As part of the American Recovery and Reinvestment act of 2009, the federal government set aside money to be used to improve access to broadband Internet service in areas where such service has been hard to come by.
A coalition of Maine state officials, representatives of the University of Maine System and Maine telecommunications companies got together in early 2009 to determine how Maine might leverage some of the stimulus funds to enhance broadband access.
After some discussion, it became clear that the lack of a middle-mile network of high-capacity fiber optic cable - the equivalent of an Interstate highway in a road system - was a major obstacle to improving data transmission in many areas of the state. During those discussions, Biddeford Internet Corp. (doing business as a telephone and Internet service provider called Great Works Internet, or GWI) stepped forward to be the lead sponsor of a grant proposal to fund the construction of such a network.
The proposal was dubbed the Three Ring Binder because it featured three "rings" of fiber strung through Western, Northern and Downeast Maine. As part of the grant application, GWI said it would turn over responsibility for the network to a new, independent company, and that company would offer access to the network on an equal basis to all qualified users.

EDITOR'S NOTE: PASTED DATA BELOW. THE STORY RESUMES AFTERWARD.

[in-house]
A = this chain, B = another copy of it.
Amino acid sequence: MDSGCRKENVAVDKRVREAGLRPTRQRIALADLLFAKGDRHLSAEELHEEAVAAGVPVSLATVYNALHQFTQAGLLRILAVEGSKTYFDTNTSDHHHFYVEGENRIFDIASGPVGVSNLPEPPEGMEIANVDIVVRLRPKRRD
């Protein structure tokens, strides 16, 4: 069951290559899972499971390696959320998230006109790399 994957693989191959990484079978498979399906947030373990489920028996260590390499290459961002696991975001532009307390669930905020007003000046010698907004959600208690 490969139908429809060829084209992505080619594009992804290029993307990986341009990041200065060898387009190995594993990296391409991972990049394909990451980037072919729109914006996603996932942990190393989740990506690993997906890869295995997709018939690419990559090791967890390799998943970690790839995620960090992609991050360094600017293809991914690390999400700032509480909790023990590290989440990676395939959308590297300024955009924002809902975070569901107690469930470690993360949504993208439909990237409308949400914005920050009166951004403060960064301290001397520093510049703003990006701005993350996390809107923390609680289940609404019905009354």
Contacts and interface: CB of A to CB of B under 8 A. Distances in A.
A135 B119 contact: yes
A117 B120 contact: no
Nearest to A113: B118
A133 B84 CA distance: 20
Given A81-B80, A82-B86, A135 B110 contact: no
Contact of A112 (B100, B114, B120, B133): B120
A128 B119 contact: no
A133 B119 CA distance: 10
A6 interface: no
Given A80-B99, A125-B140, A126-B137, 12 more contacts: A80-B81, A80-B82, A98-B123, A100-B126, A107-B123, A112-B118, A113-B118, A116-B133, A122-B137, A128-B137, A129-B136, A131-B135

Maine Fiber Company was formed during the grant application process to take charge of the project should it win funding. On Dec. 17, 2009, U.S. Secretary of Commerce Gary Locke came to Bangor to announce that the Three Ring Binder would receive a $25.4 million federal grant. Maine Fiber Co´s private investors are providing approximately $7 million more in financing to complete the project.